We all know thin glass already. However, in most cases not as a building material, but as high-tech glass for displays or touchscreens on smartphones and tablets. Thin glass is a chemically strengthened glass only 0.1 mm to 2 mm thick, which – after being tempered – is extremely robust and resistant to impact and scratches. Like conventional glass, it is resistant to environmental influences and, unlike plastics, does not yellow. Aspects that are also advantageous in architecture. The glass can usually be produced for architectural applications using the conventional float process, for example in the float glass production facility of glass manufacturer Guardian, where glass with a thickness of just 1 mm is produced (Guardian ExtraClear glass). Other manufacturers of thin glass products include Schott (Xensation), AGC (Falcon and Dragontrail) and Corning (Gorilla Glass). One disadvantage – or perhaps another advantage? – of thin glass is its flexibility or pliability. Conventional glass cannot simply be replaced by thin glass in common window or facade elements without additional stiffening or stabilization. Now resourceful scientists at universities and development departments of window and facade manufacturers are coming into play, taking advantage of the special properties of thin glass to use it to develop novel glass applications for architecture, such as curved or deformable glass panes and glass with additional technical functions.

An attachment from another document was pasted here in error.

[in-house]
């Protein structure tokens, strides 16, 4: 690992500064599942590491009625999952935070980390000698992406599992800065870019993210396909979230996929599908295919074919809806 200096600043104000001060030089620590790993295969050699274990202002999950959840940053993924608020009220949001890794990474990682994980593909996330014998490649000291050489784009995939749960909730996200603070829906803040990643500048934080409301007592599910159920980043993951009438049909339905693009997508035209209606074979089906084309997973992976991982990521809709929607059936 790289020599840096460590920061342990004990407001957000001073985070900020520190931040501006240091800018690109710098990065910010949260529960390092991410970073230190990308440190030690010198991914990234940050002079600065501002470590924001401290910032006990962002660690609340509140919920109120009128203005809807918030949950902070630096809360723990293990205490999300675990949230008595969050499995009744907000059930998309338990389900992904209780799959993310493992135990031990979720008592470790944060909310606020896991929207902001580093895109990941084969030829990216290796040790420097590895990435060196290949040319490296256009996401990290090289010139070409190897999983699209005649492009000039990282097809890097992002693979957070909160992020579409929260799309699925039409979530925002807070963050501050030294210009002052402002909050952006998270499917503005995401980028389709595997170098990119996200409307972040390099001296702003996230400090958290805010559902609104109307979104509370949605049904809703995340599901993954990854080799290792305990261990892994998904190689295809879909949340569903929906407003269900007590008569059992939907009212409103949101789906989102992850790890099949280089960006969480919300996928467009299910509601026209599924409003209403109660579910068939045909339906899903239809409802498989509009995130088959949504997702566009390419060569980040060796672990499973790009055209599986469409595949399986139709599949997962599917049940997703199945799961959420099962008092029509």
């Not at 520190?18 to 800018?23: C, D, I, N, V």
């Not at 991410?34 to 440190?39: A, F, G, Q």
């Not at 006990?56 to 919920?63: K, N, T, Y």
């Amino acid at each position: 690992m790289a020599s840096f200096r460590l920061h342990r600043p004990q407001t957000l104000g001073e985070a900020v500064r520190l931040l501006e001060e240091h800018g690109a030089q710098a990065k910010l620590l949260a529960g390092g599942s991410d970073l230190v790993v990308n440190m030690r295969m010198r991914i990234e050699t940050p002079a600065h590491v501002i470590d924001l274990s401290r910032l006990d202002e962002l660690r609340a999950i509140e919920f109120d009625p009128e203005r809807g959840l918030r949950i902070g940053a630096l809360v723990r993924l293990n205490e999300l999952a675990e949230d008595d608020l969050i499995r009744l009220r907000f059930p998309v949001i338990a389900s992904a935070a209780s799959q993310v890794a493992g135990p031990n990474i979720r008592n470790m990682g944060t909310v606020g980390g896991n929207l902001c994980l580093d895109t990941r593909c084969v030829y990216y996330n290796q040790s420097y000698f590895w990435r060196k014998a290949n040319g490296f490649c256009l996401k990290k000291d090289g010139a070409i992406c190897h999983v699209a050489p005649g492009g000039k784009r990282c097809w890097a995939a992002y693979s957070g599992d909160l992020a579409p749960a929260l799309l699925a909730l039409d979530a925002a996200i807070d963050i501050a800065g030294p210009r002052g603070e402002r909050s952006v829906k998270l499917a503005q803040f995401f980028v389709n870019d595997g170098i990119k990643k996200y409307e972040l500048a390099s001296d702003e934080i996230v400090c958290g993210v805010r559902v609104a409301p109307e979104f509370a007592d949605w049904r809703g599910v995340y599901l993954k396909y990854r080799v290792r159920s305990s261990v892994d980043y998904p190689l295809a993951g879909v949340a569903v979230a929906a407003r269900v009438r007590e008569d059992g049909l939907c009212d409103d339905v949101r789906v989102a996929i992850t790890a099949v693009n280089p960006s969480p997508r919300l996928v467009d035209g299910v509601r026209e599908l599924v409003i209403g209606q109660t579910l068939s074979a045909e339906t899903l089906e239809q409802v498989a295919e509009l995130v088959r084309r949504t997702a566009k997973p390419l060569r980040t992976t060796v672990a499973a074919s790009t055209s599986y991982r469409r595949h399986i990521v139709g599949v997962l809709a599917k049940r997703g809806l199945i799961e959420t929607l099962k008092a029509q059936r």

Status quo thin glass application in architecture